With the U.S. markets outperforming their international counterparts in eight of the last ten years, investors may wonder if they should be invested in foreign companies or may be tempted to abandon their international equity exposures in favor of U.S. stocks.
Investing internationally means holding equities from a company whose headquarters and principal stock market are based abroad. Investing overseas has long been recognized as a prudent strategy to increase diversification within an equity portfolio.
Yet, many investors are locked into a home bias investing in only U.S. stocks and don’t realize how much this lack of diversification can cost them over the long term.
No one investment category – not even one as broad and deep as U.S. stocks – is likely to outperform consistently or permanently. Markets are notorious for cycling irregularly up and down, and equity markets are particularly adept at catching investors off guard.
There are many reasons that investing internationally remains a sound strategy and why we at HTG consistently include international stocks as part of our equity allocations.
International markets are too large to be overlooked.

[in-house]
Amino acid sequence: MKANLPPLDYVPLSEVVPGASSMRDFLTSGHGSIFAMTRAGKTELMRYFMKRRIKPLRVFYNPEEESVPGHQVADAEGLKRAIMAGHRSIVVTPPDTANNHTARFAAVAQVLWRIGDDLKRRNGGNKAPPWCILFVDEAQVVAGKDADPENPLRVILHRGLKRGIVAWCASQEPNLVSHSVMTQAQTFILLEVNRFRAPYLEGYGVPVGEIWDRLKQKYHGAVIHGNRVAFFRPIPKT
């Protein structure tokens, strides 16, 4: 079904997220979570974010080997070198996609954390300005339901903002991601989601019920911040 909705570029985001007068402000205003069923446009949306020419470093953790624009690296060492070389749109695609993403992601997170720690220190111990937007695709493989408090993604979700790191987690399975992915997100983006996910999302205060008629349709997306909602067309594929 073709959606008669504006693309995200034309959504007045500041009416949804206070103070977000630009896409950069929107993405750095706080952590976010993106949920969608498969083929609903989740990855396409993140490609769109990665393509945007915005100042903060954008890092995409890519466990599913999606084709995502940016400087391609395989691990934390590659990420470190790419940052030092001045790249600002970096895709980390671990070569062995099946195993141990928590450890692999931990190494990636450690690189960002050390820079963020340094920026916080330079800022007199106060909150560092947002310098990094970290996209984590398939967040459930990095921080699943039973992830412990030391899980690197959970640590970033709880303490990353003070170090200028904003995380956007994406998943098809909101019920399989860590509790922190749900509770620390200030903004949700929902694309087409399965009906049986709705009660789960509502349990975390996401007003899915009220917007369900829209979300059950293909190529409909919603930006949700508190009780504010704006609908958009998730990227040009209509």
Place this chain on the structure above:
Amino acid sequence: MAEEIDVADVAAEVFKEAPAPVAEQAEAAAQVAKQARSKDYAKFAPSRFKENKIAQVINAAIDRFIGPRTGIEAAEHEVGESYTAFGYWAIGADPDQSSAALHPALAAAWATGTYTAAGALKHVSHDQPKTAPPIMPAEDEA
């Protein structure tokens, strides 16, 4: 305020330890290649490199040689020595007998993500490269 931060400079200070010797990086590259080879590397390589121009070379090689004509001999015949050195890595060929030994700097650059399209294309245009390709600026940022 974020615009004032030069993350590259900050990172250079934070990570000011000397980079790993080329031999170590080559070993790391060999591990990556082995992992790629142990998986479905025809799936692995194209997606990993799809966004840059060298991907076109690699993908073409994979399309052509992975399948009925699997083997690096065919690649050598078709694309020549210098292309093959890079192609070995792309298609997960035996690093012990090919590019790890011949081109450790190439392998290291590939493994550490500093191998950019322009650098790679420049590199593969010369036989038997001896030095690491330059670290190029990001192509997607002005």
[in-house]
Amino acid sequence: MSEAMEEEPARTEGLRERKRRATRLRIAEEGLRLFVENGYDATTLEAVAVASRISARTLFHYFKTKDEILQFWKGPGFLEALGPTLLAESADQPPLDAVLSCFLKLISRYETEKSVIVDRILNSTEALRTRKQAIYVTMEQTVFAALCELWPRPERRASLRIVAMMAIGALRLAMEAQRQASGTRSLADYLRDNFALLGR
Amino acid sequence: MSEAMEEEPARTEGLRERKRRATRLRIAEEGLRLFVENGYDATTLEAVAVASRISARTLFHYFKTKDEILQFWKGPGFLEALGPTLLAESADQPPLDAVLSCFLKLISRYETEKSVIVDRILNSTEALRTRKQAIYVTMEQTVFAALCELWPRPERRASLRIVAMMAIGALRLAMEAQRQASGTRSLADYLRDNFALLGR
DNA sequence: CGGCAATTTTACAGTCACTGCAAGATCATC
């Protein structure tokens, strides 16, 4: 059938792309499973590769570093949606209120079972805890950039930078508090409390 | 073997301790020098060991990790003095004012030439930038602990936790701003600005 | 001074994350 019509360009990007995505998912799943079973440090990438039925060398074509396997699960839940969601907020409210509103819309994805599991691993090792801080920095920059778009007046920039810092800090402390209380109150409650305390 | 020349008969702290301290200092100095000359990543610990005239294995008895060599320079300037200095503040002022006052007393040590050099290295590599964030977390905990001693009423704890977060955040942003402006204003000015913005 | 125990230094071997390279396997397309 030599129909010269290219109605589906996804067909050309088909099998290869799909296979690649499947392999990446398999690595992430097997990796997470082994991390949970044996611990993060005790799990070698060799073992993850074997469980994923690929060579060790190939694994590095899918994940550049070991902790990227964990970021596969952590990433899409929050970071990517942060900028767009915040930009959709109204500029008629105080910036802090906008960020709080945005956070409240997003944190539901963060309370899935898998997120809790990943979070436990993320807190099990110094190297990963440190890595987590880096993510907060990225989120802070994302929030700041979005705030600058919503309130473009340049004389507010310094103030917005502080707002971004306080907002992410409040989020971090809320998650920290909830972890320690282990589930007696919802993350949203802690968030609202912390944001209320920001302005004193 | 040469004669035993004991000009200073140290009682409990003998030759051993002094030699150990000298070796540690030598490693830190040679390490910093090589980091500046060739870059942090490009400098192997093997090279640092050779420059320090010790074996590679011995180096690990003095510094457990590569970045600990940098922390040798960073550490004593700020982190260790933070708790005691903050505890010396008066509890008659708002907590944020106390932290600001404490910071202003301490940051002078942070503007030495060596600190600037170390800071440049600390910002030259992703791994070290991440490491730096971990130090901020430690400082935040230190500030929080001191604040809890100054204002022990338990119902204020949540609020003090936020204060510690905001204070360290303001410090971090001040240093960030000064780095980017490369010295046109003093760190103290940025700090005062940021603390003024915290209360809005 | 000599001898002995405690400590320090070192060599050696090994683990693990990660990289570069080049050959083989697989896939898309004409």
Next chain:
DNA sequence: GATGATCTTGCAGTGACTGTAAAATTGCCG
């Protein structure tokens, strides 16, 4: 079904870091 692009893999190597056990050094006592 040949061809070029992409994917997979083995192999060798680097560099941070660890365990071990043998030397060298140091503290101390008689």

Over 40% of the world’s value of public companies lies beyond U.S. borders. By investing only in the U.S., you may be missing out on a large piece of the global investment pie and hampering your return potential. As the chart illustrates here, the size of a country may not necessarily correlate to its investment opportunities.
When you own more of one security, you are overemphasizing that security and, by definition, owning less of something else. This begs the question: what are you not owning? Take the pharmaceutical industry, for example. When you overemphasize the U.S. market in your portfolio, you may own more of Merck, Pfizer, and Johnson & Johnson and less of Novo Nordisk, Novartis, AstraZeneca, Bayer or GSK. Are you confident that these U.S. pharmaceutical companies will produce the best drugs in the future? Likewise, in the auto industry: if you overemphasize U.S. companies, you will own more of Ford, GM, and Tesla and less of Toyota, Honda, Mercedes, and BMW.